Earlier today I was teaching a class on scrum and XP practices.  During the course of a conversation on Test-Driven Development I made a statement to the effect of “I want to let my tests drive out my design, and not the other way around”.  One of the individuals in the class protested against this. Not against TDD mind you, but against the idea of simply following the narrow path and narrow design that the test was going to cause.  His position was that this method pays no heed to the “creative nature” of software development.  There was further conversation regarding the nature and implementation of TDD that isn’t pertinent here, but his statement stuck with me.

Is there an inherent creativity to software development?

This thought stayed with me for the rest of the day, and as I was washing the dishes just minutes ago I had a sudden dialog in my head on the subject.  You might say (ironically) that my muse visited me, and I was inspired to do something creative.  I rushed to finish the dishes and feverishly started writing out these thoughts before I lost them.

In my daily practice I do not typically stop to consider if, while test-driving a feature, what I’m doing is creative in nature.  I’m building useful things.  These things are going to be employed by someone for a purpose.  Their nature is that of tools, albeit sophisticated tools which are capable of great feats. I know what the thing should do, and I’m writing test code in a way to force the behavior of the code.  Is that creative?  Obviously the simple act of putting syntax to electrons is creative in the sense that you literally just created form and structure where none were before, just as putting these words together for you to read is a creative act.  The question I’m asking is whether there is anything inherently creative (aside from the act itself) in writing code beyond fulfilling a purpose?

Another thought: Can code be considered “beautiful”?

The individual in question also made a comparison of code to music score which I honestly can’t remember now.  I wish I could, but again, this got me thinking.  From my point of view, music and code come from two very different worlds.  Music is creative and beautiful and simply is.  It has not been written to serve a purpose beyond mere entertainment, while software development in general and code in particular was very specifically created to be utilitarian.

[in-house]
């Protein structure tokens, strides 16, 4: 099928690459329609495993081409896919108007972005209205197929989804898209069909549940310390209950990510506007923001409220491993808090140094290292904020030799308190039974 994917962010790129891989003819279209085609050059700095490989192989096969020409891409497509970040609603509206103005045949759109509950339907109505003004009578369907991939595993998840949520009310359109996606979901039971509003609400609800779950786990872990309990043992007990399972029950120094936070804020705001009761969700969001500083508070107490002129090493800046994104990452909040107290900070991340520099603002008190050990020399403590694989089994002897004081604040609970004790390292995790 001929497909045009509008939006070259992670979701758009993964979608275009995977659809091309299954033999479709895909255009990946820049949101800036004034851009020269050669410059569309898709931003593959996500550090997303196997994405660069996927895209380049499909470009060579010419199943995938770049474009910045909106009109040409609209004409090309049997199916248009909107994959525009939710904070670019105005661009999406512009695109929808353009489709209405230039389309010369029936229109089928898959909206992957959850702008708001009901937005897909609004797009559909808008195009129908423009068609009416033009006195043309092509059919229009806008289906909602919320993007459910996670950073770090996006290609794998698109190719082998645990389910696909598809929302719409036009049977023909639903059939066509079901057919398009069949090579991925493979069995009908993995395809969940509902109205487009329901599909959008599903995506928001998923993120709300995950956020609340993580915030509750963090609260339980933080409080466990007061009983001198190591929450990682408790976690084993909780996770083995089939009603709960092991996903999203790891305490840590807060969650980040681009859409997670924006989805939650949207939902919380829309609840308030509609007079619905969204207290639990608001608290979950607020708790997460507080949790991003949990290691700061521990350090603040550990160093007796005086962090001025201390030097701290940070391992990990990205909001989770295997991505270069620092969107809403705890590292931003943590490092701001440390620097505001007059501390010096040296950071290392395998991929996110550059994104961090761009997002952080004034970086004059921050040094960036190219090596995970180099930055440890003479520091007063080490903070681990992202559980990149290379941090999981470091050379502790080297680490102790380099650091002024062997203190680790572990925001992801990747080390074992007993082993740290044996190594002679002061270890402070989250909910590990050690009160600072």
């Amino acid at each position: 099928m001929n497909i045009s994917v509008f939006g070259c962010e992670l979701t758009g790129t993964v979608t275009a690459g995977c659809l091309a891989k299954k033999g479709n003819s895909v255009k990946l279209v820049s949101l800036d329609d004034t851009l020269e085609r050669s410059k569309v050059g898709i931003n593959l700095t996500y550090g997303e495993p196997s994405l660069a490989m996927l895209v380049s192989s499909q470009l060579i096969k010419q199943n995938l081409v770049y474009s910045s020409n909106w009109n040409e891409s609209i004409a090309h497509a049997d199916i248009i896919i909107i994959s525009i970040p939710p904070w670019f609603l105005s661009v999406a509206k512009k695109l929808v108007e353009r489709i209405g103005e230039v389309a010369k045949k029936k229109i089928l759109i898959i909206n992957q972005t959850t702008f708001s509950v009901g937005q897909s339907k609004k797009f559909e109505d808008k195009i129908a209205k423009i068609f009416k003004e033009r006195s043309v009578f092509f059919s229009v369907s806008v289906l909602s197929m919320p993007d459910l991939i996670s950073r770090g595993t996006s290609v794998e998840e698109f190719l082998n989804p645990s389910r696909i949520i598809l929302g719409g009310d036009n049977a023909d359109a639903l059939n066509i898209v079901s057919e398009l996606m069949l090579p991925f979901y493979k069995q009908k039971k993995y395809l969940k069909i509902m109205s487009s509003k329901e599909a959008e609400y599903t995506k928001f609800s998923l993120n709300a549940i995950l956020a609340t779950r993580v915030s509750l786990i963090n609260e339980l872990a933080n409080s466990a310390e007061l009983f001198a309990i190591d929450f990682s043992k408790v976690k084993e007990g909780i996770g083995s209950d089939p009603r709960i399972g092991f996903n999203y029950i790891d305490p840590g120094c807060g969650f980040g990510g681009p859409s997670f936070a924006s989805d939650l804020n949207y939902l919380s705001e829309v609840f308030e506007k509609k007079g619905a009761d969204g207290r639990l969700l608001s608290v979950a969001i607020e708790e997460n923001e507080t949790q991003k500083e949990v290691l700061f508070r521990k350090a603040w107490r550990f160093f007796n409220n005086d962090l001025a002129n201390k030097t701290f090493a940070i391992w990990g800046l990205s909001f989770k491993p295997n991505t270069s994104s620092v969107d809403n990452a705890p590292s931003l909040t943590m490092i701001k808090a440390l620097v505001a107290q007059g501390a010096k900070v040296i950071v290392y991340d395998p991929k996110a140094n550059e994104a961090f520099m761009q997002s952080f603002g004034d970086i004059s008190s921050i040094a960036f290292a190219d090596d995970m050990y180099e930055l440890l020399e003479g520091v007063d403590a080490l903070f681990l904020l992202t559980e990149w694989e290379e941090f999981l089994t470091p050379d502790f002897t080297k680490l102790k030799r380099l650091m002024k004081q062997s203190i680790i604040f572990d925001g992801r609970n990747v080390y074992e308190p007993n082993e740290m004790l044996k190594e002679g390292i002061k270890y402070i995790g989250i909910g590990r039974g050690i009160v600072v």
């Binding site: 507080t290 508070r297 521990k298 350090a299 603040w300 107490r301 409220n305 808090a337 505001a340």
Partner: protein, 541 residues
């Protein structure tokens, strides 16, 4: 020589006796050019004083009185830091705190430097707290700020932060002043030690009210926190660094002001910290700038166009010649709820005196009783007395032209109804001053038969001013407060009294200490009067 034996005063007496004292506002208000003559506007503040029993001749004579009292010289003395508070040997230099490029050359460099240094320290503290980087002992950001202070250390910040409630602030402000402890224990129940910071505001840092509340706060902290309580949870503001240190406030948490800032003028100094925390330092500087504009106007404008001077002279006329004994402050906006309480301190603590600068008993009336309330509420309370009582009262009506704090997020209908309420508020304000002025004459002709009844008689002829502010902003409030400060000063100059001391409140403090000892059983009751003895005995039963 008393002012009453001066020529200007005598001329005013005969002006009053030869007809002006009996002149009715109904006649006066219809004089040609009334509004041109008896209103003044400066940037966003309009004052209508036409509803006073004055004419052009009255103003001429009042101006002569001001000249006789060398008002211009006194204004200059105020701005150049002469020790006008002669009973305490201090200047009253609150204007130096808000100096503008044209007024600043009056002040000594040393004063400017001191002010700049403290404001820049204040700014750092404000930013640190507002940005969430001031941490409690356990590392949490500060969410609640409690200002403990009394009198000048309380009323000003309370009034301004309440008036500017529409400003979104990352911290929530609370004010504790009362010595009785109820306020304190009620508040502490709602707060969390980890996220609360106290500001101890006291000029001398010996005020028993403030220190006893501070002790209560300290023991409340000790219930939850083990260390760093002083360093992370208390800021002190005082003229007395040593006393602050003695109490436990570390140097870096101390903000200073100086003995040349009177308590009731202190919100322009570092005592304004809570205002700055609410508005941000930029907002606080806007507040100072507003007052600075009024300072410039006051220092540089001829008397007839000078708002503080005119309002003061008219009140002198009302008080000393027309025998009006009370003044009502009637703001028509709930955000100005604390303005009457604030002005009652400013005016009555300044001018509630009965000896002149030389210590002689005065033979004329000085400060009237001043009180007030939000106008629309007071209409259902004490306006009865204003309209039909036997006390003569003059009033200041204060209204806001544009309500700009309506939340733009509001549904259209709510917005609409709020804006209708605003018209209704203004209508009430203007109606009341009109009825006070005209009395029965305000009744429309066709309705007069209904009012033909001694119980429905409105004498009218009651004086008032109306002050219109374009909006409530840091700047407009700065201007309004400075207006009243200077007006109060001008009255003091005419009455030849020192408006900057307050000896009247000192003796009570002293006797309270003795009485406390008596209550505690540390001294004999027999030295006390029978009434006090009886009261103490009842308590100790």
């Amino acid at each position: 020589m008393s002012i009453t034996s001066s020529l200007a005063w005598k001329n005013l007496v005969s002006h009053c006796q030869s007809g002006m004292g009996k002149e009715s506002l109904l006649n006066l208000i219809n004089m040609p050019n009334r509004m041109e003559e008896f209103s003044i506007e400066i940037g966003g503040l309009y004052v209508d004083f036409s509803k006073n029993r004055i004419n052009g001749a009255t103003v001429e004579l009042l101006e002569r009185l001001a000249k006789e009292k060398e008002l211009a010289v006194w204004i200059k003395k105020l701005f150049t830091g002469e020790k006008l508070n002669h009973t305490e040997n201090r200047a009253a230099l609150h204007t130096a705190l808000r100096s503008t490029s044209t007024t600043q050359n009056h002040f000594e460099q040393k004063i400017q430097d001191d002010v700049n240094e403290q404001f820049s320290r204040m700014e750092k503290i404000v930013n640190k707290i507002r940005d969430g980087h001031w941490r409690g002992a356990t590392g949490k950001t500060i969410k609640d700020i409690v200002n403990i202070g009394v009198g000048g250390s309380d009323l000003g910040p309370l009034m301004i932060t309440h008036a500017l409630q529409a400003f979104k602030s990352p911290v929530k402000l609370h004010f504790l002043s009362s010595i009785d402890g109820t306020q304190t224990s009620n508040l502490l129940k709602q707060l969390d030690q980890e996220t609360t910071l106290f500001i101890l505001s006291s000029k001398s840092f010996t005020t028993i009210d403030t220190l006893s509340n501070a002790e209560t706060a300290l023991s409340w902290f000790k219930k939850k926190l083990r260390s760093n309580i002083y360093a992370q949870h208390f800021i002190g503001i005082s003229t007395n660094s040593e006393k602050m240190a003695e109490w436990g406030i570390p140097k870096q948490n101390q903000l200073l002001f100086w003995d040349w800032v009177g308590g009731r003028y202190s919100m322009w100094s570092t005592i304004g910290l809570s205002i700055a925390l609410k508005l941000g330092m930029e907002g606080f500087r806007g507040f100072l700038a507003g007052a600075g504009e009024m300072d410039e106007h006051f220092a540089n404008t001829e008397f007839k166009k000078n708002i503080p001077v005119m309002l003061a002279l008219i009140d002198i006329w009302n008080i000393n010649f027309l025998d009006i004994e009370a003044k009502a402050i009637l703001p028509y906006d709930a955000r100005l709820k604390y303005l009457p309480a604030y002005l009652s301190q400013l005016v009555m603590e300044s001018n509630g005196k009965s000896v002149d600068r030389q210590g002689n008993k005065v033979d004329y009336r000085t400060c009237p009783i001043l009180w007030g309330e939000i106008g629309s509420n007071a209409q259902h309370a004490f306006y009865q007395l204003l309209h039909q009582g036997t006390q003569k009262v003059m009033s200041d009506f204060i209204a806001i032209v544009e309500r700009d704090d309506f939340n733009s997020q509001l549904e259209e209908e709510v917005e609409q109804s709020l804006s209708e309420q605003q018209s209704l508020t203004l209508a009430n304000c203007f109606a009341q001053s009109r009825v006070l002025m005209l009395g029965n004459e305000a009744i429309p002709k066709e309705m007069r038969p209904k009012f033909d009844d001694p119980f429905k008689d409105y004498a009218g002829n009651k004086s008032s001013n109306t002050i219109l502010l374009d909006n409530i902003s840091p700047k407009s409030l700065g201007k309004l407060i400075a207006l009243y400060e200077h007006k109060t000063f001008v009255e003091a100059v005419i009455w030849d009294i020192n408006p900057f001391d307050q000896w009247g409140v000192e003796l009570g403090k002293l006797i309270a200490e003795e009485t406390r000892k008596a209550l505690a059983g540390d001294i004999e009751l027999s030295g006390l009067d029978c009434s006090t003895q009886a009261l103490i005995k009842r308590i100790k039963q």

There is certainly code which is written purely to be creative and beautiful.  One need search no further than Perl Poetry for examples.  However, ask the average developer if the code that they are working on is beautiful and see how they respond.  They may surprise me, but I think my chances are more than just good that they would describe what they were doing as creating tools to serve a purpose, and beauty and creativity be damned.

Having said this I certainly don’t believe that the act of creating something is in any way at odds with imbuing it utility and purpose.  As a software developer I’ve seen (and endeavored to create, successfully or not) code which is elegant in its simplicity and utilitarian in its application.

Supposing code can be beautiful, how it its beauty derived?  Is is beautiful because it serves a purpose?  Or can it be beautiful simply in its own right?  Can a shovel be called beautiful?  After all, code and shovels are tools which both serve a purpose, though the shovel is infinitely more simple (elegant?).  There is the old saying that beauty is in the eye of the beholder, and that may be so.  If it is, then all code, regardless of its function (or non-functioning nature as the case may be!), could potentially be called beautiful.  This is a concept that is beyond my normal thought processes.  If a thing created for a purpose fails in its purpose can it still be considered beautiful?  If I can’t use the shovel to move material from one location to another can it, as a tool, still be considered beautiful?

To use a metaphor which is probably more familiar to most software developers, can a brick in a cathedral be considered to be beautiful?  Yes, the brick might be used to build a cathedral, and I believe it is a safe thing to say that most people consider cathedrals to be quite beautiful, but is the brick itself beautiful? To take the metaphor further people often point to cathedrals in awe, stating how incredibly beautiful and inspiring they are.  They point to elegant arches, flying buttresses, and columns, and remark at the feelings they invoke in the onlooker.  In deed, part of the purpose (see what I did there?) of cathedrals is to cause a sense of awe and grandeur in worshippers.  The church and its architects, purposely designed it that way.  They also, by the way, designed the arches, flying buttresses, and columns for specific purposes as well.  All of them in their own way support the system of the cathedral, that is they keep the building from collapsing in on itself.  Can they be considered beautiful?  Certainly, as history and wide opinion shows us. However, at the same time they are far more *useful* in purpose than many people realize.  Were they created to be intentionally beautiful while at the same time serving important purposes, or were they simply created to fulfill a purpose?

As software developers is the act of writing software inherently creative, and is the code inherently beautiful, or is it simply the act of building a tool for a utilitarian purpose?